Get Started with Charmed MLflow v2 and Charmed Kubeflow

This document will introduce you to all you need to know to get started with version 2 of Charmed MLflow along Charmed Kubeflow version 1.7. If you would like to deploy Kubeflow by itself, see our tutorial on Charmed Kubeflow.


This tutorial assumes you will be deploying Kubeflow and MLflow on a public cloud VM with the following specs:

  • Runs Ubuntu 20.04 (focal) or later.
  • Has at least 4 cores, 32GB RAM and 100GB of disk space available.
  • Is connected to the internet for downloading the required snaps and charms.

We’ll also assume that you have a laptop that meets the following conditions:

  • Has an SSH tunnel open to the VM with port forwarding and a SOCKS proxy. To see how to set this up, see How to setup SSH VM Access.
  • Runs Ubuntu 20.04 (focal) or later.
  • Has a web browser installed e.g. Chrome / Firefox / Edge.

In the remainder of this tutorial, unless otherwise stated, it is assumed you will be running all command line operations on the VM, through the open SSH tunnel. It’s also assumed you’ll be using the web browser on your local machine to access the Kubeflow and MLflow dashboards.

Note: with a few tweaks to the instructions, it is possible to do this entire tutorial on a laptop, but running it on a VM will give you a better feel for deploying Kubeflow and MLflow in production. So, we recommend using the VM, even if your laptop is powerful enough to deploy Kubeflow.


  1. Deploy MLflow
  2. Deploy Kubeflow bundle
  3. Configure Dashboard Access
  4. Deploy Resource Dispatcher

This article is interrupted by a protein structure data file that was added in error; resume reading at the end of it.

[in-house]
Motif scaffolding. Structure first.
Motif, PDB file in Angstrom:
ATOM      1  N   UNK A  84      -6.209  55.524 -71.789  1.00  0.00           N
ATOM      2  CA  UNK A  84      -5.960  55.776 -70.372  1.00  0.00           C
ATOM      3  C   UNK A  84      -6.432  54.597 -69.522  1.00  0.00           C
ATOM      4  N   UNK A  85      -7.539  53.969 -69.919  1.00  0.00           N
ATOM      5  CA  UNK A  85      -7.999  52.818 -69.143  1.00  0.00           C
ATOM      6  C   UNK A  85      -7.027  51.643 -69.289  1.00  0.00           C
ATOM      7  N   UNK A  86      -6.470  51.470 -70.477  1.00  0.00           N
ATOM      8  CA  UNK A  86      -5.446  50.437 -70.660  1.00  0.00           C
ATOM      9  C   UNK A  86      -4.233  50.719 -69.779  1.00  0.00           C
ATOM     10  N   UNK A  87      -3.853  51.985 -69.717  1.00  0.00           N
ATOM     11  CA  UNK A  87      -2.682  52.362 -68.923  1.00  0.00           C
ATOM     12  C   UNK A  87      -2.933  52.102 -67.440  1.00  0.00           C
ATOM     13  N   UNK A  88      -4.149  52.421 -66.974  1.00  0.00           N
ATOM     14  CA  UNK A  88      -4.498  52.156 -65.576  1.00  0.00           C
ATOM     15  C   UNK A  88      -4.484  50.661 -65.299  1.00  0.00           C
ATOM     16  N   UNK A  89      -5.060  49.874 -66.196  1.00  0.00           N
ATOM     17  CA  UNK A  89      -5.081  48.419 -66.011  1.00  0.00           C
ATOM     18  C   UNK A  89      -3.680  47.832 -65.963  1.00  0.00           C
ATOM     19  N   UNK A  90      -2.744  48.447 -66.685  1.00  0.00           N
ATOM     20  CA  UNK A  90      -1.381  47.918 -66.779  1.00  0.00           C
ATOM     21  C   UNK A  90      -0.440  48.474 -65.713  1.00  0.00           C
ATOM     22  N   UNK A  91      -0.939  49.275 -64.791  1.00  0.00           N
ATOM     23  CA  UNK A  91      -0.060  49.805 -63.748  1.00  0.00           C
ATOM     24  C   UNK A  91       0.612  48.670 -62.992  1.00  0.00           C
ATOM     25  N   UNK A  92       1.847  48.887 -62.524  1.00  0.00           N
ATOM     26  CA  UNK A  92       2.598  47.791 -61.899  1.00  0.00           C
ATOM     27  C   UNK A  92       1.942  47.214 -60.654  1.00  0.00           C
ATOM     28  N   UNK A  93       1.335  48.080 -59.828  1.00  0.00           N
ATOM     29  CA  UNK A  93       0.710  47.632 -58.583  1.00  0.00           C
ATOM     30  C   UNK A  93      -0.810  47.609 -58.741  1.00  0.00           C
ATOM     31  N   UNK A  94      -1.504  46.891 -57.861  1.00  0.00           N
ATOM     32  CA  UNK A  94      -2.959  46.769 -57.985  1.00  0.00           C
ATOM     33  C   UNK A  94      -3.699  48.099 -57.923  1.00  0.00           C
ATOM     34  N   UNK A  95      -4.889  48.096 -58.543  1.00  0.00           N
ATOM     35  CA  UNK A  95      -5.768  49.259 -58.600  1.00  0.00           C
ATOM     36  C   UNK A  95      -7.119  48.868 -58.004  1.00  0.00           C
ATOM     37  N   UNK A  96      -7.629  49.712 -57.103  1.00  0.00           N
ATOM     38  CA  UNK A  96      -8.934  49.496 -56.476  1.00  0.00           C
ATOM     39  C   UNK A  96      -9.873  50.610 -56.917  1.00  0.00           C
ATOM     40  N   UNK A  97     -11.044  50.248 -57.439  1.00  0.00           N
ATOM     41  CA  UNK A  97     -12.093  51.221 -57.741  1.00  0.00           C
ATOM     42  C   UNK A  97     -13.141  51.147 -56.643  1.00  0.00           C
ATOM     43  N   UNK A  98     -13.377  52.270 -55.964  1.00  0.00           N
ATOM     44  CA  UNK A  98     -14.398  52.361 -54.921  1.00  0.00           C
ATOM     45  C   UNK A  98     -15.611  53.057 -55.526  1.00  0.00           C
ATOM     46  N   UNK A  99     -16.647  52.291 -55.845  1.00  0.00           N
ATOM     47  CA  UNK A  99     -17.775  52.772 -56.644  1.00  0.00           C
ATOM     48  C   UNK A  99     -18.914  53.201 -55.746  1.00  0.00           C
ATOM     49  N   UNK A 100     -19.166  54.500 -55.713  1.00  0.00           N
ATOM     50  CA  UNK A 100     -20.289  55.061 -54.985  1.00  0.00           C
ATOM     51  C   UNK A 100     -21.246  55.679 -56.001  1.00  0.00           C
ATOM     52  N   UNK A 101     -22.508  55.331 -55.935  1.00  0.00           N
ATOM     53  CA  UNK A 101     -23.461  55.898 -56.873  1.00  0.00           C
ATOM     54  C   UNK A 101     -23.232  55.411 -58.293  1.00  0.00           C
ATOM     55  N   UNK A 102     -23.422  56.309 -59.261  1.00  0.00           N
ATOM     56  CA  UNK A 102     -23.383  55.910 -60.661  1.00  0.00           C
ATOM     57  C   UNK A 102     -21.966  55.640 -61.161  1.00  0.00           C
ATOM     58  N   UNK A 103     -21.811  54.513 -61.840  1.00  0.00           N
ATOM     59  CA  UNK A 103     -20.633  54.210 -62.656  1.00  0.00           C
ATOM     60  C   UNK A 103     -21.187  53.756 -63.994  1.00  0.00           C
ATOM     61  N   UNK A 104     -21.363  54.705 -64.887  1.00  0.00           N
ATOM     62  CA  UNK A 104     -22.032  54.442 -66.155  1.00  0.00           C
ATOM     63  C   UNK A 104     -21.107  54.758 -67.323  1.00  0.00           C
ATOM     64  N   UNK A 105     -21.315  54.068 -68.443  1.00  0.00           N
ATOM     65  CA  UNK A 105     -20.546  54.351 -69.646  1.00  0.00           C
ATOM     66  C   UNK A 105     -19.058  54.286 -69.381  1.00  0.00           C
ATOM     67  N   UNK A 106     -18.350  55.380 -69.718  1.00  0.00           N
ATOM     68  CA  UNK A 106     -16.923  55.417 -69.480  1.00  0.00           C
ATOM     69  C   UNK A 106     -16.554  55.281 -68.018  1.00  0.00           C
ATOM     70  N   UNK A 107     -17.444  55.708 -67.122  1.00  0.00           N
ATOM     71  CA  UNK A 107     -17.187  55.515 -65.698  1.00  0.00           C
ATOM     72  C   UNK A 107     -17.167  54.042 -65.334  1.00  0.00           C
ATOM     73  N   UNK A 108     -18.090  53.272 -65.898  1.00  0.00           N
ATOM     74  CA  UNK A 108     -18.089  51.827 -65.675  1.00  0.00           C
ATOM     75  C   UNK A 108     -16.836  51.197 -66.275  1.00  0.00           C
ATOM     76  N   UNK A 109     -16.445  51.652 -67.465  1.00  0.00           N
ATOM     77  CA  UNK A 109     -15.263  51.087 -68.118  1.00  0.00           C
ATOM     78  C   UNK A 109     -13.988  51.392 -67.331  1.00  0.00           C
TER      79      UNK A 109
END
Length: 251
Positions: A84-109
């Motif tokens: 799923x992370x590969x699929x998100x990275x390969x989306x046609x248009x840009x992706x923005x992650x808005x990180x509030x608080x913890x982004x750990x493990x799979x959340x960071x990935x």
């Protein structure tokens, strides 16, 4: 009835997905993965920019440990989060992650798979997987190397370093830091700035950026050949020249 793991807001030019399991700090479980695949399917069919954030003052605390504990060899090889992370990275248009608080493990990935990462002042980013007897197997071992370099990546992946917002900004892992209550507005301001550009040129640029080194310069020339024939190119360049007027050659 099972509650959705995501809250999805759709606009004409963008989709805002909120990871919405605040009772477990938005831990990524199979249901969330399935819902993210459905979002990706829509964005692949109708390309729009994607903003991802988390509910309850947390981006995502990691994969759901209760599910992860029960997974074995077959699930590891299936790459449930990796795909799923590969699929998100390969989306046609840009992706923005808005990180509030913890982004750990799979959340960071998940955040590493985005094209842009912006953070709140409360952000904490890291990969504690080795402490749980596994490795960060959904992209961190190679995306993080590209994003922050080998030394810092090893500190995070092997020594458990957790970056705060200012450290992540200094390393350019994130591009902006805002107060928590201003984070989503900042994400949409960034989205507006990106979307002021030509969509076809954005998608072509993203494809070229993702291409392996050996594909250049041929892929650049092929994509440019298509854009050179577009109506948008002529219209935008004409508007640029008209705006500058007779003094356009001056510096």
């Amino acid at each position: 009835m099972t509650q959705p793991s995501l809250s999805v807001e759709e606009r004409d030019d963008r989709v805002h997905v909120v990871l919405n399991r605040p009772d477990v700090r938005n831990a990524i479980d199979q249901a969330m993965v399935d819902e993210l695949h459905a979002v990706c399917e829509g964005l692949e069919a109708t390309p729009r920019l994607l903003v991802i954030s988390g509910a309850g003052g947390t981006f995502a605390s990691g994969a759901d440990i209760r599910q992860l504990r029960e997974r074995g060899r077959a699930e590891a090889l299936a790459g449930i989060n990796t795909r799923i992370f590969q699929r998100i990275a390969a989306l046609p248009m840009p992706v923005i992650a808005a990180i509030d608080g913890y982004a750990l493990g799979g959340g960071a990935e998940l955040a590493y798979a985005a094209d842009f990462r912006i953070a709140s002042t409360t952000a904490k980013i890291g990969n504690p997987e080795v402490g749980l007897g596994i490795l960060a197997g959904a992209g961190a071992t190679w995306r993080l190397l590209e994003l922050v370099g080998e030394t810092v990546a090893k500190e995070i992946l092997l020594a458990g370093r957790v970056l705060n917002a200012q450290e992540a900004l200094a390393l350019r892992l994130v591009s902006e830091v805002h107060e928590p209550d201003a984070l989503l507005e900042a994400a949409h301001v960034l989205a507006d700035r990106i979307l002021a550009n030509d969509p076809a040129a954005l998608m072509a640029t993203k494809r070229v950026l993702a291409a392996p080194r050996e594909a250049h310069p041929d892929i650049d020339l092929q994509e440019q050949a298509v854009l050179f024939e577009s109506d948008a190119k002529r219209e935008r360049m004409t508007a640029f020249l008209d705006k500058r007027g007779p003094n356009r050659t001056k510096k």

5. Integrate MLflow with Notebook

Deploy MLflow

Follow the steps in this tutorial to deploy MLflow on your VM: Get Started with Charmed MLflow v2. Before moving on with this tutorial, confirm that you can now access the MLflow UI on http://localhost:31380.

Deploy Kubeflow bundle

Let’s deploy Charmed Kubeflow alongside MLflow. Run the following command to initiate the deployment:

juju deploy kubeflow --trust  --channel=1.7/stable

Be patient. Kubeflow is large and will take a few minutes to deploy.

Configure Dashboard Access

Run the following commands:

juju config dex-auth public-url=
juju config oidc-gatekeeper public-url=

This tells the authentication and authorization components of the bundle that users who access the bundle will be doing so via the URL In turn, this allows those components to construct appropriate responses to incoming traffic.

Now set the dashboard username and password:

juju config dex-auth
juju config dex-auth static-password=user123

Deploy Resource Dispatcher

Next let’s deploy the resource dispatcher. The resource dispatcher is an optional component which will distribute kubernetes objects related to mlflow credentials to all user namespaces in Kubeflow. This means that all your Kubeflow users can access the MLflow model registry from their namespaces. To deploy the dispatcher run the following command:

juju deploy resource-dispatcher --channel edge --trust

This will deploy the latest edge version of the dispatcher. See Resource Dispatcher on GitHub for more info. Now we must relate the dispatcher to mlflow: